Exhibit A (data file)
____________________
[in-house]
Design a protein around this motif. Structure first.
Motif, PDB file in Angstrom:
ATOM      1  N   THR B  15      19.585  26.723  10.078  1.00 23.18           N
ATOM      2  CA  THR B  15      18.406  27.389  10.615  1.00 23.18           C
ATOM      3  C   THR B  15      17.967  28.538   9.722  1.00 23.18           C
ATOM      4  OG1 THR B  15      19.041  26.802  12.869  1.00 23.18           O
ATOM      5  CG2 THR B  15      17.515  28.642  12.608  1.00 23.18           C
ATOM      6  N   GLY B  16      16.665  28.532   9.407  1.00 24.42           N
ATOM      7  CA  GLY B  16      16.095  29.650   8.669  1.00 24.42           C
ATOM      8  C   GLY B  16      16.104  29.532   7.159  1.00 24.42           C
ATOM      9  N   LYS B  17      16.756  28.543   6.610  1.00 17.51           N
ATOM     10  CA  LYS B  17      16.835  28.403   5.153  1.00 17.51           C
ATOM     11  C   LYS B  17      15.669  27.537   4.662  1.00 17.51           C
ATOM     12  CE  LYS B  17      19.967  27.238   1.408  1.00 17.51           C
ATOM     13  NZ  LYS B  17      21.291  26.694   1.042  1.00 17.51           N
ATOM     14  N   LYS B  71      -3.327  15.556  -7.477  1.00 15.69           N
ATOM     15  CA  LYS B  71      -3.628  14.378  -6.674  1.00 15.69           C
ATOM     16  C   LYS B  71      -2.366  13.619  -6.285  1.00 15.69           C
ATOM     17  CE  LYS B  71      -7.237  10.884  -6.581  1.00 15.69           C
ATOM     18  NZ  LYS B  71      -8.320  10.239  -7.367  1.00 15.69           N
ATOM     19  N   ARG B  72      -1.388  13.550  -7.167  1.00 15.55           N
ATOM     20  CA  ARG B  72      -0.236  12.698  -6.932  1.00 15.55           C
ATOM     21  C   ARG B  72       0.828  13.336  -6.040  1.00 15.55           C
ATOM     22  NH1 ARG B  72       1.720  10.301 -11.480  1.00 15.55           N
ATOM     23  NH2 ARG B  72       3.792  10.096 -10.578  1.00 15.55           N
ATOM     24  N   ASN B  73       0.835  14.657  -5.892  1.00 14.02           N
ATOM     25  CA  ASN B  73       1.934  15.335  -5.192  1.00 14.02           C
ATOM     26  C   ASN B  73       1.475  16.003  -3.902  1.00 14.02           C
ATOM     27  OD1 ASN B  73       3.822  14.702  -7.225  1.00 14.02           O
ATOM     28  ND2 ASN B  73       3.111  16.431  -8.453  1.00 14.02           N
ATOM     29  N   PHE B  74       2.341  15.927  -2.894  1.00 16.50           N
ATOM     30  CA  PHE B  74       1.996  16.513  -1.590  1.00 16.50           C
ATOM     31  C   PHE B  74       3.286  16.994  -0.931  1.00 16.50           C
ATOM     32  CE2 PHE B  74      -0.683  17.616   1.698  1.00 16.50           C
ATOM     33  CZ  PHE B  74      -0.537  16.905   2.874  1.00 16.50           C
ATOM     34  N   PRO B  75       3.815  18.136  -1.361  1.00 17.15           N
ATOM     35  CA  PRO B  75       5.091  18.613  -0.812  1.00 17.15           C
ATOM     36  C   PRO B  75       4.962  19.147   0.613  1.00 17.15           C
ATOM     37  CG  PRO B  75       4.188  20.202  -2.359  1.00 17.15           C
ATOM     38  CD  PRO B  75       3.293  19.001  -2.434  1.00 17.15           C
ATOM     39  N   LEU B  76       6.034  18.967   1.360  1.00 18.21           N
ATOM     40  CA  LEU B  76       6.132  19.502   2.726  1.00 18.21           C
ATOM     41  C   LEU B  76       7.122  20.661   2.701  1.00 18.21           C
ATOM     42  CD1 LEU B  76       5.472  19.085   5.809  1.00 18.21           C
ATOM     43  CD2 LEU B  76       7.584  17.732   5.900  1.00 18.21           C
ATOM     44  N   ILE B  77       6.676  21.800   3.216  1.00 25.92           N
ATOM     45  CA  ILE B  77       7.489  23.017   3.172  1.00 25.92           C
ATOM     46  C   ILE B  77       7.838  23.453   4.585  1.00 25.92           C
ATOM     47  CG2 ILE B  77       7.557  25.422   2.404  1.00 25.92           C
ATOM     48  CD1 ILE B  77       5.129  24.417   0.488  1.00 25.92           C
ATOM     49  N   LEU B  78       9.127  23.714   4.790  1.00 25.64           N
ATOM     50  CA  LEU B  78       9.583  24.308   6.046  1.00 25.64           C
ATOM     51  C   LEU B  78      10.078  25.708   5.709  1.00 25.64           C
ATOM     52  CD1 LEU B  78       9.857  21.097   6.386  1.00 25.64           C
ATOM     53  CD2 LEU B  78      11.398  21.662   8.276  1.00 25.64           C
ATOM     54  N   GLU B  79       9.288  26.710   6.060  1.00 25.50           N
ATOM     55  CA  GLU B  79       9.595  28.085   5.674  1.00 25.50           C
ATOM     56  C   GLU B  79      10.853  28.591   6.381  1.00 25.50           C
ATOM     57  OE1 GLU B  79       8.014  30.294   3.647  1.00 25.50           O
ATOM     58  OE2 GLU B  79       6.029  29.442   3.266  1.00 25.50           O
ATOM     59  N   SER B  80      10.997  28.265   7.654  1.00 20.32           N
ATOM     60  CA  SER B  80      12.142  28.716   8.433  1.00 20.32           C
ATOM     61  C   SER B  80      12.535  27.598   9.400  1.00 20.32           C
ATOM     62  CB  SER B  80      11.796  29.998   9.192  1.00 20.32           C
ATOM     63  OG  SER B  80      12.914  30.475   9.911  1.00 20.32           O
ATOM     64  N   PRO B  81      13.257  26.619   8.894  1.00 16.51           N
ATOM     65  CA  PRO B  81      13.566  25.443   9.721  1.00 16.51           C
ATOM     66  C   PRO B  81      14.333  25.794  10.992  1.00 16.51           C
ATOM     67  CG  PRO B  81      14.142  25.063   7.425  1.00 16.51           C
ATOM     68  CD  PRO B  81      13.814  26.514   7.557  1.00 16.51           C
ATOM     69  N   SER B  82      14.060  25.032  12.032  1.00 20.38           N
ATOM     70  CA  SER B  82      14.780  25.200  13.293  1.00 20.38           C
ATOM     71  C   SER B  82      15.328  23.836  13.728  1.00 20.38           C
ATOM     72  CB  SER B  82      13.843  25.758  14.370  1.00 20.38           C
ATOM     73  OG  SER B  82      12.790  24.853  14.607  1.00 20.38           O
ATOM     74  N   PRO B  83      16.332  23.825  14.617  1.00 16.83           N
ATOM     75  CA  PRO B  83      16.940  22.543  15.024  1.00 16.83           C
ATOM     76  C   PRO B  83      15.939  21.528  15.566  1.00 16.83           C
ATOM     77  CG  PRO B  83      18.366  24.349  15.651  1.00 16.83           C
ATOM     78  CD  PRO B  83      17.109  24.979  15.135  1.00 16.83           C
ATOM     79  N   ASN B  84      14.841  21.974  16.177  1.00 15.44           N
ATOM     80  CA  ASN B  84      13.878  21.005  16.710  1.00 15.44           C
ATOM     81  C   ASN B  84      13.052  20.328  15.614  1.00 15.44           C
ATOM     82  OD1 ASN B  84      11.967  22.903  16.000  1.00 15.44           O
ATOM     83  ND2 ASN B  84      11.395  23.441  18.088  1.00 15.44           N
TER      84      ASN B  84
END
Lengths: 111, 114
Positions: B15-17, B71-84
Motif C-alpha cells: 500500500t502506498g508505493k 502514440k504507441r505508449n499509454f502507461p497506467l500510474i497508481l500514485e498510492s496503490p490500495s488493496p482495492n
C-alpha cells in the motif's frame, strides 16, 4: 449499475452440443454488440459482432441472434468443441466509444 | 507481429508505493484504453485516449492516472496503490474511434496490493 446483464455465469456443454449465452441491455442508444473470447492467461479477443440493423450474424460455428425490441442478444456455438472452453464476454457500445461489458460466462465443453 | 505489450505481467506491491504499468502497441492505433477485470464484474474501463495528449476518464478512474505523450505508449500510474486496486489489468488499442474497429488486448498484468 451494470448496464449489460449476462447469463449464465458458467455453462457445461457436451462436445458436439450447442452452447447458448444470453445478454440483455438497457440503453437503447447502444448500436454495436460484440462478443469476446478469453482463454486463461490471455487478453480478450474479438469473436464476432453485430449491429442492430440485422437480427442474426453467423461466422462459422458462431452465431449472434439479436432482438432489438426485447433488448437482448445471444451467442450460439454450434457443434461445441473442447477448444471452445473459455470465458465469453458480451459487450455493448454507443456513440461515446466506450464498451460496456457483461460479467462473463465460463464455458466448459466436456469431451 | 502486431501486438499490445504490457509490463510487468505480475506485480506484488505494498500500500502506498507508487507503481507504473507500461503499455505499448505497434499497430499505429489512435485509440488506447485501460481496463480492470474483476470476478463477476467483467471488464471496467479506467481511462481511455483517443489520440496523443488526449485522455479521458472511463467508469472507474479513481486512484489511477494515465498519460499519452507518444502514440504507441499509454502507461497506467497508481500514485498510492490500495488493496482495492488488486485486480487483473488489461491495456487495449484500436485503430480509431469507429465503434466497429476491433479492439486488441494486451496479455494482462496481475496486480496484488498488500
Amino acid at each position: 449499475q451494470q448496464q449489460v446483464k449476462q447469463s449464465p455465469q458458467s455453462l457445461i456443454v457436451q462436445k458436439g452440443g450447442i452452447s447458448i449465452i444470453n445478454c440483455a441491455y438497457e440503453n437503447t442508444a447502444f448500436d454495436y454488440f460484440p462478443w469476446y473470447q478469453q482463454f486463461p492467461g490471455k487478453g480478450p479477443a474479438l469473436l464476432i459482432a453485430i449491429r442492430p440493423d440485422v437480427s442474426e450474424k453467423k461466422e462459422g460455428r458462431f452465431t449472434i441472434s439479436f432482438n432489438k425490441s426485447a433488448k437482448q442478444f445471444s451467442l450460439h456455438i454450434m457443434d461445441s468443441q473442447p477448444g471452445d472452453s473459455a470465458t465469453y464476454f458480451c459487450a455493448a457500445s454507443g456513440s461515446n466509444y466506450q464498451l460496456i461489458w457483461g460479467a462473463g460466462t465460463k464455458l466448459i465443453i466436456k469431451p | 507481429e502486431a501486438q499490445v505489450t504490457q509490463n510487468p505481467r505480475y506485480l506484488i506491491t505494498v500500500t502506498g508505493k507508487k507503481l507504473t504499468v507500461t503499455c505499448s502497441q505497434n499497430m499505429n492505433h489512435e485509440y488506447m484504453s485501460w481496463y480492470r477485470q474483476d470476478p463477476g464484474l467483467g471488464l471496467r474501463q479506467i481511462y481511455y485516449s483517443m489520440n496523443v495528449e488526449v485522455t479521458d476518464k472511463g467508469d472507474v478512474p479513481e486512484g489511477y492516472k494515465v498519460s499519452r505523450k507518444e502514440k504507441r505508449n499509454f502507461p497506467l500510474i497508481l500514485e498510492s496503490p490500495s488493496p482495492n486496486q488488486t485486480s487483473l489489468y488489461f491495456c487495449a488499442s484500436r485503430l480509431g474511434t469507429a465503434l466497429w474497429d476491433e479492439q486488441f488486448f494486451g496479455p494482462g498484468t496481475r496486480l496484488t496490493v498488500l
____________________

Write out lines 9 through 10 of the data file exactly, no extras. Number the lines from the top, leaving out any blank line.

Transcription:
ATOM      6  N   GLY B  16      16.665  28.532   9.407  1.00 24.42           N
ATOM      7  CA  GLY B  16      16.095  29.650   8.669  1.00 24.42           C